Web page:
What is a Dual Tray Printer?
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When I first started into this notary signing agent business, I took the Mark Wills LSS course, which you can see a review of here, and in that course he did a pretty good job explaining that you need a dual tray printer, but even after reading a quick bit about it, I wasn't really sure whether it was an expense I needed to take at the time, when beginning a business and with zero income at that point.
So I went down to a big box retailer to see if I could take a look at a few printers and actually be able to wrap my head around the differences. Also, before I headed off on my exploration I watched some youtube videos that kind of solidified my ideas of what the dual tray printer was, but in actualality I kind of wanted an excuse to get out, so out shopping I went.
When I got to the retailer, I asked that exact question.
What is a dual tray printer?
The sales person took the time to fully explain the concept, and was able to show several examples.
Ultimately, the easiest explanation of what a dual tray printer is, is that it's a laser printer that has two different paper trays. One paper tray will be standard letter size, 8" x 11.5" and the other tray will be 8" x 14", legal paper size.
The way this printer works is, if the source document has two different paper sizes, letter and legal throughout, the printer will pull from each tray appropriately so that each page is printed on the correct paper size.
Two Trays to Print Two Paper Sizes
Of course this is explained fairly well in the loan signing system course, but it wasn't actually until I started getting loan packages that I realized how important the signing services, loan officers, and mortgage brokers considered this when they got a completed package from the notary.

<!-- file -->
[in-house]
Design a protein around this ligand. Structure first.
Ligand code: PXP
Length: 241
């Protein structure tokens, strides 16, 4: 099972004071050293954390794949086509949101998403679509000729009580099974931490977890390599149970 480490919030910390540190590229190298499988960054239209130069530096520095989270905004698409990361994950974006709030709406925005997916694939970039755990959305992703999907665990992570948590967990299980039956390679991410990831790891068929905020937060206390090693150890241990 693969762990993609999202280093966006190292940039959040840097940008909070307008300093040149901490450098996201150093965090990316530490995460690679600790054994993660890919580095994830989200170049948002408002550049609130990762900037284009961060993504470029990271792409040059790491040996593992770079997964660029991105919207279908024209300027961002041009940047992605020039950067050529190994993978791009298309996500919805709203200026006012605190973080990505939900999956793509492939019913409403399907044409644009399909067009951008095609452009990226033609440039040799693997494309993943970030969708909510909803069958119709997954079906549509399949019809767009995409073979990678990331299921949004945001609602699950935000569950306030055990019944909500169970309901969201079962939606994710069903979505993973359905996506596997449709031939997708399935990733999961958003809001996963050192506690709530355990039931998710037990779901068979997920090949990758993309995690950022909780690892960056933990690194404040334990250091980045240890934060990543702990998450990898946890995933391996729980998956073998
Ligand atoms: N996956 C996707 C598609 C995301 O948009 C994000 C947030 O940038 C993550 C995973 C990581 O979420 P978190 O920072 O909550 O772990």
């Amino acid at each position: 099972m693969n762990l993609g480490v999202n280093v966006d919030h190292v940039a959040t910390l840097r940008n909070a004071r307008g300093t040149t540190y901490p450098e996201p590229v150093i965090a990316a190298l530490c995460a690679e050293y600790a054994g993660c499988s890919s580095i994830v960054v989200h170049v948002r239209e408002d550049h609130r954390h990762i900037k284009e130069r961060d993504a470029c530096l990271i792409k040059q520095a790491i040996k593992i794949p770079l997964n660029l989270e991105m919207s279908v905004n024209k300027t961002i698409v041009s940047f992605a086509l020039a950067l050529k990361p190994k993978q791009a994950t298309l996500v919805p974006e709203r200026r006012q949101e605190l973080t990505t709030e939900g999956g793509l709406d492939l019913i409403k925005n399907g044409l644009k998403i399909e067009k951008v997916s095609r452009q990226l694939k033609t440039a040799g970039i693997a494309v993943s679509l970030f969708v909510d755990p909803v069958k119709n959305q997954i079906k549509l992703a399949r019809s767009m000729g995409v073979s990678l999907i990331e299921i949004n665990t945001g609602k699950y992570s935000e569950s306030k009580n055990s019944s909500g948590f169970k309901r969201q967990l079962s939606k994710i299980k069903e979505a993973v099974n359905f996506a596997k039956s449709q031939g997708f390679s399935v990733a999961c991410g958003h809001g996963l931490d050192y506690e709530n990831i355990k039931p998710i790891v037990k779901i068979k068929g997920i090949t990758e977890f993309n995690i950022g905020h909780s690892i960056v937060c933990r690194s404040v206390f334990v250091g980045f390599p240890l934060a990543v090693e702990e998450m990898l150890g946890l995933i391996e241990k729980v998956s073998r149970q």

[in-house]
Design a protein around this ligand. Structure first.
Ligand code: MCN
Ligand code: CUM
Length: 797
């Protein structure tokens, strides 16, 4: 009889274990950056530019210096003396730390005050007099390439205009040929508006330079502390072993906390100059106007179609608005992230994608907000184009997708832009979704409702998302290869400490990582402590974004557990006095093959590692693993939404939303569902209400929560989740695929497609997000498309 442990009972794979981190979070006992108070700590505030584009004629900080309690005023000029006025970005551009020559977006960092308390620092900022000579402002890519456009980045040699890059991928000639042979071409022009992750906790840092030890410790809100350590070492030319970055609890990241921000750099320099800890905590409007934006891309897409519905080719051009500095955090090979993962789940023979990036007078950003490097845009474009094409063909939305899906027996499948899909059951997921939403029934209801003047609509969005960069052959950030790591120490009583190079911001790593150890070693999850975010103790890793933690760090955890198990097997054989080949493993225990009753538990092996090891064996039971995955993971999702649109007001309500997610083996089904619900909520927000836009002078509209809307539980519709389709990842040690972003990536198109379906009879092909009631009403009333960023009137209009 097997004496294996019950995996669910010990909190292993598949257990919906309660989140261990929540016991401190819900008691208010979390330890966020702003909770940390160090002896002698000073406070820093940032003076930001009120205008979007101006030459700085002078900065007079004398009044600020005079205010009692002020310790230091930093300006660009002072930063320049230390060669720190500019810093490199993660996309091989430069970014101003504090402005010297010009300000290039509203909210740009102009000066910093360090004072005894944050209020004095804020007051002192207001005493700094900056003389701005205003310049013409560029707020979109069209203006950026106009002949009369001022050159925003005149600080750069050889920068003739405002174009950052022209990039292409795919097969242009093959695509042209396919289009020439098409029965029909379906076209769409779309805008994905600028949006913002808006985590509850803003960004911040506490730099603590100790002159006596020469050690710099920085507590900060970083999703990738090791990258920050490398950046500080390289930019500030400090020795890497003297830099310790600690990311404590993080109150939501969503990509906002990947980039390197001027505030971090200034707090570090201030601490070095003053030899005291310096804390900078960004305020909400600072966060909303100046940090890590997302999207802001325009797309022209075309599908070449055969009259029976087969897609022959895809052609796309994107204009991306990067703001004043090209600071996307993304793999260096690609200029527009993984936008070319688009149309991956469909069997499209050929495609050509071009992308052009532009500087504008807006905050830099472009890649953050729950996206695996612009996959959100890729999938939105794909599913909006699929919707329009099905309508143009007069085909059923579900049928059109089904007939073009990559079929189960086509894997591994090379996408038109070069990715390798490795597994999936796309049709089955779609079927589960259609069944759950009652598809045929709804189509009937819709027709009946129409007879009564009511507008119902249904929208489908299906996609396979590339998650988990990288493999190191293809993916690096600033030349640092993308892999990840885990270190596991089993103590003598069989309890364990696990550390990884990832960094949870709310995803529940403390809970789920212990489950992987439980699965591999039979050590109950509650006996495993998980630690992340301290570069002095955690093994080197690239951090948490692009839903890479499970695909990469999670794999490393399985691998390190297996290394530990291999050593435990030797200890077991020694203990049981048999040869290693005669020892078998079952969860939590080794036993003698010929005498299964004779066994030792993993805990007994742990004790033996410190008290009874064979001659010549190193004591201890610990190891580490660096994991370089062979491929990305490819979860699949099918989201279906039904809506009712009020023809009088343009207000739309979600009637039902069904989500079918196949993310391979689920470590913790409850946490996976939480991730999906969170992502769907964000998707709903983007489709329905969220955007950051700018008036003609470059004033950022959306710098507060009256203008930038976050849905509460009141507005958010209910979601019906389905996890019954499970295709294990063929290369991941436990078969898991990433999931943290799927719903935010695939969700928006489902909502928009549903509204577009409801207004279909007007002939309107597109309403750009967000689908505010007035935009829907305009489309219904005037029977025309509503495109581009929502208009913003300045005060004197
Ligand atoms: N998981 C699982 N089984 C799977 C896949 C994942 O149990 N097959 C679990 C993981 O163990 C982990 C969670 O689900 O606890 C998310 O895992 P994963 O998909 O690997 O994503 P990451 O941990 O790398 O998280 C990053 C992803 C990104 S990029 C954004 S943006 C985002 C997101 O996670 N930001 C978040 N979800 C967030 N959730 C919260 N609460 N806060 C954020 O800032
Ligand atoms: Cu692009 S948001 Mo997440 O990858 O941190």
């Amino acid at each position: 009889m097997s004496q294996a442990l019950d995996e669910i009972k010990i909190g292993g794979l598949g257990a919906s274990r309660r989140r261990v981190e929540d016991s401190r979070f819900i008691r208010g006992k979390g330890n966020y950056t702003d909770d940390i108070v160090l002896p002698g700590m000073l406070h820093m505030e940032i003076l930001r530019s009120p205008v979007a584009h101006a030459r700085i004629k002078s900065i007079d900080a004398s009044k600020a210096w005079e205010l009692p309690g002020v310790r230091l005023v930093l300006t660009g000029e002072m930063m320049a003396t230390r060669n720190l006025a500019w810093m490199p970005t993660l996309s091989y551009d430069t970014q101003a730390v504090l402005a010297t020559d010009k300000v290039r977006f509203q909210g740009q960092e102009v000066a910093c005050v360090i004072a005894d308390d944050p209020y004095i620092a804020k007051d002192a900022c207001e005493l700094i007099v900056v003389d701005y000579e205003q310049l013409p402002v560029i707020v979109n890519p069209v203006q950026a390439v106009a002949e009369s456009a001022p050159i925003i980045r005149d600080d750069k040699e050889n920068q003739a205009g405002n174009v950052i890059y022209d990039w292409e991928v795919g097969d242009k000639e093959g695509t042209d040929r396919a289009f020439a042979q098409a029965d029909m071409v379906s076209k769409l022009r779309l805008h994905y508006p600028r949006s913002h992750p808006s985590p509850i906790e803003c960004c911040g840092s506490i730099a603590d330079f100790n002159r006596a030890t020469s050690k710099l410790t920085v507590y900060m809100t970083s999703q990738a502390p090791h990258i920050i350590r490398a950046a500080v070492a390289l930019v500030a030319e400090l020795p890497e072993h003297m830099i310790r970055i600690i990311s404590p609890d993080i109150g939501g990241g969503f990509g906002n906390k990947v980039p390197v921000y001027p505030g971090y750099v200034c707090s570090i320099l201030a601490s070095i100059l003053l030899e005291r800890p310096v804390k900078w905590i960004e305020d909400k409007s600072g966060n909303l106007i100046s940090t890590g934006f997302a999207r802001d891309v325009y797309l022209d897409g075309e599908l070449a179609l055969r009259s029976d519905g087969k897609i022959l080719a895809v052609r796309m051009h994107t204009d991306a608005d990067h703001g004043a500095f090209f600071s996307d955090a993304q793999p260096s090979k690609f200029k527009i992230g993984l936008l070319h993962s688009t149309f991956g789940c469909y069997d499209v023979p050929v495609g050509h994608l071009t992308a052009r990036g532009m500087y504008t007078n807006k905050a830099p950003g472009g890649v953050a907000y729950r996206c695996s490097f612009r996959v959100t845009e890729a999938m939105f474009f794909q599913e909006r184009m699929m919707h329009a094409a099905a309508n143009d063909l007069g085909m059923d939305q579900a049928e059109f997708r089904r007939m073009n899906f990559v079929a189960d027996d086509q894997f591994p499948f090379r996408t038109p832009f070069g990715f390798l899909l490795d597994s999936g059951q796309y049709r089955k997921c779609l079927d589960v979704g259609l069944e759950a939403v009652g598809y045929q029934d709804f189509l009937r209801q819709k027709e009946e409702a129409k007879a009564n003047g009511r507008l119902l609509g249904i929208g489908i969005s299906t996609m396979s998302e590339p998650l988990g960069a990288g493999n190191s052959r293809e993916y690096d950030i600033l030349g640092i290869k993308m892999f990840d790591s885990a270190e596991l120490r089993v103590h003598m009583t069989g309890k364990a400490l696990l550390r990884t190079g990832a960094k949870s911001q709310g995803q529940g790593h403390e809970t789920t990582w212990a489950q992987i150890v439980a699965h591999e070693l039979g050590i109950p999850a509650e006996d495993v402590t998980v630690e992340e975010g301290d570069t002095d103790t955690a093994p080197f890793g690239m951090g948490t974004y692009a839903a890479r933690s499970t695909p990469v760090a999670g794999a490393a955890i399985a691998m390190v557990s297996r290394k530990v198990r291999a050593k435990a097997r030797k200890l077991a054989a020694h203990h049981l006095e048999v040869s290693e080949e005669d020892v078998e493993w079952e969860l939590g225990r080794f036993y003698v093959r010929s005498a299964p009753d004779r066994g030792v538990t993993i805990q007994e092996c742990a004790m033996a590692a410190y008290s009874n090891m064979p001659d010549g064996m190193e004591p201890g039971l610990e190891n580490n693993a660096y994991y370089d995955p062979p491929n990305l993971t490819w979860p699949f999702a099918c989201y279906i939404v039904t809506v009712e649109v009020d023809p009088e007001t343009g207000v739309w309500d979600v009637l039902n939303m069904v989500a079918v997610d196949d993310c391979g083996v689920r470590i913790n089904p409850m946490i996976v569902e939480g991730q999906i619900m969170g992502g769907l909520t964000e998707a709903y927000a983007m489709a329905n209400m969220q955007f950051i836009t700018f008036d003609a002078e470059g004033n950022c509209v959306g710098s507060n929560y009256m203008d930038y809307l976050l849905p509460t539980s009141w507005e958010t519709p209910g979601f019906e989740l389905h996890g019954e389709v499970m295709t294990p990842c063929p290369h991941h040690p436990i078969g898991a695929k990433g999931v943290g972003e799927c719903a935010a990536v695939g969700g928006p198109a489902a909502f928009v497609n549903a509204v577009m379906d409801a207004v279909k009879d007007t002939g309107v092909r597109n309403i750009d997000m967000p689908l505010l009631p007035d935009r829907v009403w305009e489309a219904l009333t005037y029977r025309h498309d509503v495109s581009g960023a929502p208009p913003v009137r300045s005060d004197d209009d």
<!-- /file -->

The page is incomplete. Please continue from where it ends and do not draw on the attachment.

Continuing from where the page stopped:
Almost every signing service gave explicit instructions to make sure that the legal documents printed on the right size paper, and that printing on the wrong size could delay the funding of a loan, and ultimately cost the bank thousands of dollars. Wow that's kind of high pressure, to make sure you print just right...
Ok, but even though now I know what a dual tray printer is, and why I need to be able to print in both sizes, is it really necessary to have one? The prices of these printers had gone up considerably since the time that Mark had published his course, and it seemed like I might need to NOT actually use on of these if I could get away with it.
Can I just Use an Inkjet?
I had a trusty inkjet printer at home, the same brand: Brother, that I had been using faithfully for years.
So I talked with my husband and asked him what he thought, and he pointed out the key reason that we ended up actually biting the bullet and purchasing the dual tray printer.
The speed that the laser printer can finish packages is just so much faster than an ink jet.
Dual Tray Printing is Faster
In most office settings, indeed even back when I was a teacher, we used a laser printer because it was just so fast. When we had to make dozens of copies or prints of worksheets, nothing could beat the speed of printing by laser, and the same goes true for this loan signing industry.
Before we even had our first loan package to print we looked at the numbers.
The Brother HL-L6200DWT that was recommended by Mark could print about 48 pages per minute according to the manufacturers specifications. Therefore if we had a 100 page loan package, it would take about 2 minutes to print.
The Brother MFC-J1010DW which had been our workhorse in our homeschool for years and years, printed on average about 17 pages per minute... That means the same 100 page package would take 5.8 minutes, almost 6 minutes, which is 4 times longer... That's a big difference.